Caribbean Coral Macro Photography
It’s easy to swim right past coral colonies while scuba diving. Perhaps you notice their shape or stature, but few divers will get up close and personal and start observing corals at a macro level.
Depending on the species coral polyps and coral tissue can be quite intricate with tiny star-shaped ridges, sticky little tentacles, mouths which look full of teeth or bright color patterns that blend together in as little as a few millimeters.
And as a bonus, if you’re learning to becomes a better underwater photographer and macro critters are on your wish list, practicing your photography skills on corals is a rewarding experience. Not to mention you will end up with some pretty inspiring abstract images that will impress your friends.
Corals don’t move around all that much so learning to focus on your subject is much easier with corals than critters. We recommend bringing a bright LED light with you to help focus the camera and bring out all the colors in each coral.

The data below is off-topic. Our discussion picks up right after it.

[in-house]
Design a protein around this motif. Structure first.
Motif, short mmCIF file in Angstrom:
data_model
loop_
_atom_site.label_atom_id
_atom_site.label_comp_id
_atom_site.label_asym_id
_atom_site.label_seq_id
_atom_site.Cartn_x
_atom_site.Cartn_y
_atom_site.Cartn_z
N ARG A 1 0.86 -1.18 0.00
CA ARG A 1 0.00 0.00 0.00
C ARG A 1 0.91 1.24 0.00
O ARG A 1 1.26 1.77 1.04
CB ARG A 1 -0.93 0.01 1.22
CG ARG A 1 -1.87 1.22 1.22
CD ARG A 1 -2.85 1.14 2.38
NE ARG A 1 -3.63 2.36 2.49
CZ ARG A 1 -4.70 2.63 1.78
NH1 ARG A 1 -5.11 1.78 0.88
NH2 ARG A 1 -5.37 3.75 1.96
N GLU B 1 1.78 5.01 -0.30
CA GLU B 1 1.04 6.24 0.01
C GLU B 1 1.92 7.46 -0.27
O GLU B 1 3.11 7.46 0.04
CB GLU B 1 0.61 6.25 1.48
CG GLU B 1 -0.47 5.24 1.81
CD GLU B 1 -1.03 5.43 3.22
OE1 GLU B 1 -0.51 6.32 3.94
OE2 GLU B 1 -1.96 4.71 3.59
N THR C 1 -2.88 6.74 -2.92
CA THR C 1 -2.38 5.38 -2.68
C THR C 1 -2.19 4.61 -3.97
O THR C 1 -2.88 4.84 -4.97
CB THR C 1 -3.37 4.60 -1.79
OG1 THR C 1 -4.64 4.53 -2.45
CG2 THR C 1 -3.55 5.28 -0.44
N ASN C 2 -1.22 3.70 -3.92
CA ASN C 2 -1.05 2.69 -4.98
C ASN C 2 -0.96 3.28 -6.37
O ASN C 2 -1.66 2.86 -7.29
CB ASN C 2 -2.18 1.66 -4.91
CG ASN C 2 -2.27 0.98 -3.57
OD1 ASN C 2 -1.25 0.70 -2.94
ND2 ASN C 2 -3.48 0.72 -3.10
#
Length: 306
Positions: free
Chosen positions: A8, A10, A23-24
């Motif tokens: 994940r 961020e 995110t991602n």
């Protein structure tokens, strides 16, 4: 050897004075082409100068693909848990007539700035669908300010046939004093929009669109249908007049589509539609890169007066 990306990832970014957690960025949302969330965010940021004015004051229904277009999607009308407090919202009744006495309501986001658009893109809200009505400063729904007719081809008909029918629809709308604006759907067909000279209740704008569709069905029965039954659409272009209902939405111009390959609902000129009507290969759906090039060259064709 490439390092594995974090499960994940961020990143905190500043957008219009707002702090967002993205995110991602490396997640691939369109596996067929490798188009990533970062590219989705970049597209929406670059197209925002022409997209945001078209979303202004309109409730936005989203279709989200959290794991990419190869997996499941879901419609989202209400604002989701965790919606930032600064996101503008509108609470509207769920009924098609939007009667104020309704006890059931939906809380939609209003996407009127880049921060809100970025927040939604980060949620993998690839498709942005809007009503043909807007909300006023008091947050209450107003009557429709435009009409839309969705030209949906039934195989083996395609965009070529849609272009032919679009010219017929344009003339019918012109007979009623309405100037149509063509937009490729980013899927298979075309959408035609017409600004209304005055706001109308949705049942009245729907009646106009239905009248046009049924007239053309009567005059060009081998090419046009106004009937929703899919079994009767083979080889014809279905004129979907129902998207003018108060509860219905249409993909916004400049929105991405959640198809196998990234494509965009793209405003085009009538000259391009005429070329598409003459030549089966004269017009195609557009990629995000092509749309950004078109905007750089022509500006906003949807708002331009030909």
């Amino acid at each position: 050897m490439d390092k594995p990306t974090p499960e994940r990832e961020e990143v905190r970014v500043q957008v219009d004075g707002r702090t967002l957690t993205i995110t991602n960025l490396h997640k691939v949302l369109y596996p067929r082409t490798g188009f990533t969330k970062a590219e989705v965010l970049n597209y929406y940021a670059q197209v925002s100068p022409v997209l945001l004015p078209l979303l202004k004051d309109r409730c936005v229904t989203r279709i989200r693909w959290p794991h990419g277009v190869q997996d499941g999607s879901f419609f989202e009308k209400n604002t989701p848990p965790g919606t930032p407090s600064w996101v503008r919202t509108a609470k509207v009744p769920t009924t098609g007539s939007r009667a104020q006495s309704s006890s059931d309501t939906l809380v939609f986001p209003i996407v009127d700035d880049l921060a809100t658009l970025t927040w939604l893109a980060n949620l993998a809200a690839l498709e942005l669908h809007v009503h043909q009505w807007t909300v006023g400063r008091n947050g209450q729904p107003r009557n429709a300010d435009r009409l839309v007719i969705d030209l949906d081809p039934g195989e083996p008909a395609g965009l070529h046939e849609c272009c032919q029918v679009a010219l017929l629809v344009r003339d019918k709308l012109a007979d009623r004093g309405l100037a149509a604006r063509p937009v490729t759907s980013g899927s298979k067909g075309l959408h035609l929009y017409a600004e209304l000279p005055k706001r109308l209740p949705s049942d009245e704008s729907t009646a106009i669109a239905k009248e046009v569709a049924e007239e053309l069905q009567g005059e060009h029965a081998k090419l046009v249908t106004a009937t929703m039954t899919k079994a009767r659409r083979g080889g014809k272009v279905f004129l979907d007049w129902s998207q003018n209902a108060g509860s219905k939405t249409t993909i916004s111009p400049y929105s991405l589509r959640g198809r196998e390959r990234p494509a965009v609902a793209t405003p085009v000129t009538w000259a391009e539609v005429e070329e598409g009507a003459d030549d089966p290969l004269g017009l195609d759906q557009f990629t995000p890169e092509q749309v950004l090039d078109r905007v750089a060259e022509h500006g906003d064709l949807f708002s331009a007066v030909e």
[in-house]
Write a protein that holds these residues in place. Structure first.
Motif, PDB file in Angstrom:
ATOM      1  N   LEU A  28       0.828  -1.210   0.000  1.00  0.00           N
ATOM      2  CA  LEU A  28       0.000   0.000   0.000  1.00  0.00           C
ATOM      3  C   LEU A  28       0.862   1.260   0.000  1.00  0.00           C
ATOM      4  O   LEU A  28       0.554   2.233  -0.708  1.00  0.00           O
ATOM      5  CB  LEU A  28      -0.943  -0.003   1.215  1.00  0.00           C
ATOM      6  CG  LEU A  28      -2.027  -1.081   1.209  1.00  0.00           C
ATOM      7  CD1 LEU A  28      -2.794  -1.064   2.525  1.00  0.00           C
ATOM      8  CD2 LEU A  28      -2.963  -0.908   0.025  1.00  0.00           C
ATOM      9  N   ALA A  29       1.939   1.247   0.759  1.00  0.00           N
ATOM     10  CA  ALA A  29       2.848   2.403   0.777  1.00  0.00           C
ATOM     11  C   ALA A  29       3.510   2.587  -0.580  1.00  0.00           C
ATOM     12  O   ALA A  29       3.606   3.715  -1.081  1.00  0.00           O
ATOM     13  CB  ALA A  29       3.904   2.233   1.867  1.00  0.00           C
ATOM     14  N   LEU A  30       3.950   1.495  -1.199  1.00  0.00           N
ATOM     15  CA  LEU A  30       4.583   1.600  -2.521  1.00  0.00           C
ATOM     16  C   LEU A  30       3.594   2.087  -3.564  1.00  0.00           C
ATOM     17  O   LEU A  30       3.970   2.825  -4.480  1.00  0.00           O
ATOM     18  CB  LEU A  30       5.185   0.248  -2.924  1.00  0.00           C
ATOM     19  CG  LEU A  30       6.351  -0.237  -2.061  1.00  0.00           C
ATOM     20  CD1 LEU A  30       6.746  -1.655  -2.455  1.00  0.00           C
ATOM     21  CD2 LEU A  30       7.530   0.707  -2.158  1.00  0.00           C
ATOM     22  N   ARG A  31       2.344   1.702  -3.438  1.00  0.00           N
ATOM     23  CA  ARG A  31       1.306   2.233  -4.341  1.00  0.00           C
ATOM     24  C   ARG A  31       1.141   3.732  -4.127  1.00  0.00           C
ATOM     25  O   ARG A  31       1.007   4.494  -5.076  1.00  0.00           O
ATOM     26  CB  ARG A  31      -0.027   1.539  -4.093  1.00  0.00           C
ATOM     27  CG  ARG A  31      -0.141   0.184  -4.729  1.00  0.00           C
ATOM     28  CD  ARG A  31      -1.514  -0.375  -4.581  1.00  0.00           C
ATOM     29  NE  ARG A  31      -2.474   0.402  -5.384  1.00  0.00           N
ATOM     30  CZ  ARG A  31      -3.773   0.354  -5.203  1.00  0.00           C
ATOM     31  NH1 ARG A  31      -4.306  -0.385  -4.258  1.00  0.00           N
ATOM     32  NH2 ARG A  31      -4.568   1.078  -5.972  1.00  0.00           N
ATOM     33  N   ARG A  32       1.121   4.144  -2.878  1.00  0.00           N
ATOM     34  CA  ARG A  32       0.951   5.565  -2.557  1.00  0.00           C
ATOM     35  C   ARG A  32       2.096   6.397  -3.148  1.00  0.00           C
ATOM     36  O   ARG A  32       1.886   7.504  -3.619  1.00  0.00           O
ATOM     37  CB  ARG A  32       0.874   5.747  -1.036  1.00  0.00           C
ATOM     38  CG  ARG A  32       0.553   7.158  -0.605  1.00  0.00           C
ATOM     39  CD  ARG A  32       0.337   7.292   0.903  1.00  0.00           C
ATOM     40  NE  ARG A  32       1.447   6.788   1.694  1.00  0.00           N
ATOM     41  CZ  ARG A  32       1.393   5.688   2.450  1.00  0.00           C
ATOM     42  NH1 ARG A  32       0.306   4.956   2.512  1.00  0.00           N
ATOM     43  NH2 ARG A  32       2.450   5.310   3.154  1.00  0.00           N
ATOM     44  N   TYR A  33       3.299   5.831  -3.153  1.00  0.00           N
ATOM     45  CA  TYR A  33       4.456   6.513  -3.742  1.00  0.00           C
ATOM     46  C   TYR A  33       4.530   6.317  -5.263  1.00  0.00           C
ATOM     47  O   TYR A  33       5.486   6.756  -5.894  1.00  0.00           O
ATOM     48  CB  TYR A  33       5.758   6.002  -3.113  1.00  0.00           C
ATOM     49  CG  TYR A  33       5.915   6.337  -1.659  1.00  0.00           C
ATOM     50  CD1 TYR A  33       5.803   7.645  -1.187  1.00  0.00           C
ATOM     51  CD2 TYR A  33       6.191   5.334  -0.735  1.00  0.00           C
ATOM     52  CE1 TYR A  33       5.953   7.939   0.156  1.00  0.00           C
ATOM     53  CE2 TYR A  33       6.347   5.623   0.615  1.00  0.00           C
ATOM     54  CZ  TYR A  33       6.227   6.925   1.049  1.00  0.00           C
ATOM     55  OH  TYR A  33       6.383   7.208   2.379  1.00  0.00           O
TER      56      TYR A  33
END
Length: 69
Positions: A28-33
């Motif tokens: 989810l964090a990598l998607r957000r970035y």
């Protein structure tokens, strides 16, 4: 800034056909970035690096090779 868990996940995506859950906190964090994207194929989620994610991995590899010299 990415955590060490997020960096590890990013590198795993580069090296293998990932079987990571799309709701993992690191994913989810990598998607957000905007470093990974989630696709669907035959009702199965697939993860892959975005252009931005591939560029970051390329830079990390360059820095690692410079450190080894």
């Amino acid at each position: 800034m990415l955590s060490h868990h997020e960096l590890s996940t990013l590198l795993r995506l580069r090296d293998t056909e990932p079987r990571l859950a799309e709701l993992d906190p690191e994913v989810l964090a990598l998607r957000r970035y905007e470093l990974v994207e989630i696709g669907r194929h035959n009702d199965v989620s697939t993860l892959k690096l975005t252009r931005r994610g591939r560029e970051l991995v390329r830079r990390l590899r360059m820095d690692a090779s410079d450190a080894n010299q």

For an added challenge try photographing corals on a night dive. You should already be carrying a light which makes snapping photos all that much easier, and at night long feeding tentacles emerge. Your light will attract little zooplankton which the corals will happily grab the easy meal and feast.
We took these images while diving in Gardens of the Queen Cuba. Are your interested in learning more about coral spotting in Cuba? Check out our article Top 10 Coral to Spot in Cuba.
If you want to learn more about Caribbean coral identification check out our Guide to Caribbean Corals for a full description and colony shots of each coral.